A film by Richard Bourke (Cambridge) and Dina Gusejnova (LSE). Conversations with historians of different generations about the history of the subdiscipline and its entanglements with German history. With German and English subtitles.
Production: Olga Lagun (2020)
This film presents the fortunes of a distinctly German phenomenon. In conversation with colleagues spanning three generations, Richard Bourke and Dina Gusejnova explore how the history of ideas declined in Germany after a period of innovation and prosperity that lasted through the long nineteenth century. Today intellectual history prevails in other parts of the globe. How did this come to pass?
In addressing this question, the film returns to numerous striking episodes, and collects an array of unexpected insights – including Christopher Clark on the absence of a specifically Prussian culture; Quentin Skinner and Wolf Lepenies on the lives of Albert O. Hirschman; and Barbara Stollberg-Rilinger on the controversies of the 1980s. The film reflects on the shadow cast by Hegel and Burckhardt; the melancholy fate of Prussia; the theological roots of historicism; the Nazi appropriation of cultural history; the impact of exile and emigration; the reestablishment of democracy; and the historical profession since the 1960s.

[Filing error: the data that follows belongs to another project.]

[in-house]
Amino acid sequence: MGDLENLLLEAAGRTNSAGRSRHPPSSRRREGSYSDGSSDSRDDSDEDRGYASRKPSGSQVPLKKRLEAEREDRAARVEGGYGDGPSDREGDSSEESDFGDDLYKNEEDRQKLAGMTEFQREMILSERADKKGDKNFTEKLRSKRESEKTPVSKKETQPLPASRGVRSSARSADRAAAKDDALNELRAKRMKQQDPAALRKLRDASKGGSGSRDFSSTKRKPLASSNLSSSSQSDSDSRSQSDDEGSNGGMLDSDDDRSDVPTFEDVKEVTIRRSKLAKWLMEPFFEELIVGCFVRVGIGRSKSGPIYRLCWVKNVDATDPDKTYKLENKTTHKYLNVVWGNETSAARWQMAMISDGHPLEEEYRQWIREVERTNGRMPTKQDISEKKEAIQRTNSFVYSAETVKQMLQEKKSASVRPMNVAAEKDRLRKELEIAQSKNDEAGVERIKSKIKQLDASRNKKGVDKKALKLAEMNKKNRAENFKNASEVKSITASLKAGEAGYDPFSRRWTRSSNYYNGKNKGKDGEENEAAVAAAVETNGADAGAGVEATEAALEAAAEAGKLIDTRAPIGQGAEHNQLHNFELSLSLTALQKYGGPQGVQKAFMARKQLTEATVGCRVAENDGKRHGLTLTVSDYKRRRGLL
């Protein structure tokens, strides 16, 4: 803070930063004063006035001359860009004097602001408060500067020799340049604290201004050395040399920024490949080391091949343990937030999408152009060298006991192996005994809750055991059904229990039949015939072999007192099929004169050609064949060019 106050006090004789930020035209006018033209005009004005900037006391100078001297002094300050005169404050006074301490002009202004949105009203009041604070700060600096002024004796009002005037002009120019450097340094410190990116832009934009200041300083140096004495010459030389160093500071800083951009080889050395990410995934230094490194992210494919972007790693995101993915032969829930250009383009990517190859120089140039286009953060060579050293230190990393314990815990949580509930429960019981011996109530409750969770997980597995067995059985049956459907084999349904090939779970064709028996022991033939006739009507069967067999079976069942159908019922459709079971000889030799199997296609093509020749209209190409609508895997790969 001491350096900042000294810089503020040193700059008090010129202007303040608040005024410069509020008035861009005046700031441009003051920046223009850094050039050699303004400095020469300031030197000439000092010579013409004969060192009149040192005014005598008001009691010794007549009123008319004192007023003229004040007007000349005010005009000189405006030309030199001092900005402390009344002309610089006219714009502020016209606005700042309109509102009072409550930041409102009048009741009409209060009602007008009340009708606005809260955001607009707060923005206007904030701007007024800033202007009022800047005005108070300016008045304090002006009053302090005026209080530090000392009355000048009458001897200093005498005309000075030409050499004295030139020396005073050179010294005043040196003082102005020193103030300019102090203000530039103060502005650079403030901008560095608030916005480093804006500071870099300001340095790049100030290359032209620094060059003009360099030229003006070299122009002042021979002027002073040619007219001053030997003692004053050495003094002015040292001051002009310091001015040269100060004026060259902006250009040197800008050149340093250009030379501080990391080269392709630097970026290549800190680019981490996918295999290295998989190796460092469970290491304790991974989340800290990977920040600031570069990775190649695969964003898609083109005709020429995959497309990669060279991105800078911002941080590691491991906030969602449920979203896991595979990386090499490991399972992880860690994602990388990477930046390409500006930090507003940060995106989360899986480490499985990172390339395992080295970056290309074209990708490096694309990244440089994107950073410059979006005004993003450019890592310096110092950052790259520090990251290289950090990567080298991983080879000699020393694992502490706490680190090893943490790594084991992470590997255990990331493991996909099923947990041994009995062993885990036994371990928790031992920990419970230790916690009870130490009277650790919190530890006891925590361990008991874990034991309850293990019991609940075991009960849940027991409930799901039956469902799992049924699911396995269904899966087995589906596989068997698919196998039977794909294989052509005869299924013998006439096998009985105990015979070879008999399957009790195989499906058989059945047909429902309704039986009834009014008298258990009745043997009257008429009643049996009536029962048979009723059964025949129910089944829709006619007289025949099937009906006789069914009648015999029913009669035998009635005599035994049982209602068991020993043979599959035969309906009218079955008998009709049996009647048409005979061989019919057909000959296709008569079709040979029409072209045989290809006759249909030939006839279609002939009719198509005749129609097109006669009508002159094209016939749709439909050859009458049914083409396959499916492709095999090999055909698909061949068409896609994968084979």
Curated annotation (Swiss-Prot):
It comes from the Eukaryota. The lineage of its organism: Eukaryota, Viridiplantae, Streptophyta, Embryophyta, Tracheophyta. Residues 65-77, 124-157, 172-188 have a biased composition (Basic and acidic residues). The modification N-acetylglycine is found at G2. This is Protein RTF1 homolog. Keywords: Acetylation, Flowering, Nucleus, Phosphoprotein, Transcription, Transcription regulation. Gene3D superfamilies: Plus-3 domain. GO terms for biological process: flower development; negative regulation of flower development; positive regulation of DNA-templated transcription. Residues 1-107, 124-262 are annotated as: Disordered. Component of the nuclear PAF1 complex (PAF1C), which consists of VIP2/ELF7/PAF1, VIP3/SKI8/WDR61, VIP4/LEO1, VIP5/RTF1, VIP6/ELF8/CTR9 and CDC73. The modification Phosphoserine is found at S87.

The film discussion will be hosted by the Critical European Studies Research Network, @CESCritEuro
Samuel Moyn, Henry R. Luce Professor of Jurisprudence at Yale Law School and Professor of History at Yale University
Emily Levine, Associate Professor of Education at Stanford University
Richard Bourke, Professor of the History of Political Thought, Fellow of King's College, University of Cambridge
This webinar will take the form of a moderated discussion, where panelists respond to questions from the moderator, each other, and the audience. Please join us for a lively conversation!
If you have any questions, please contact firstname.lastname@example.org.
|Zeughauskino - Deutsches Historisches Museum
and other locations (TBA)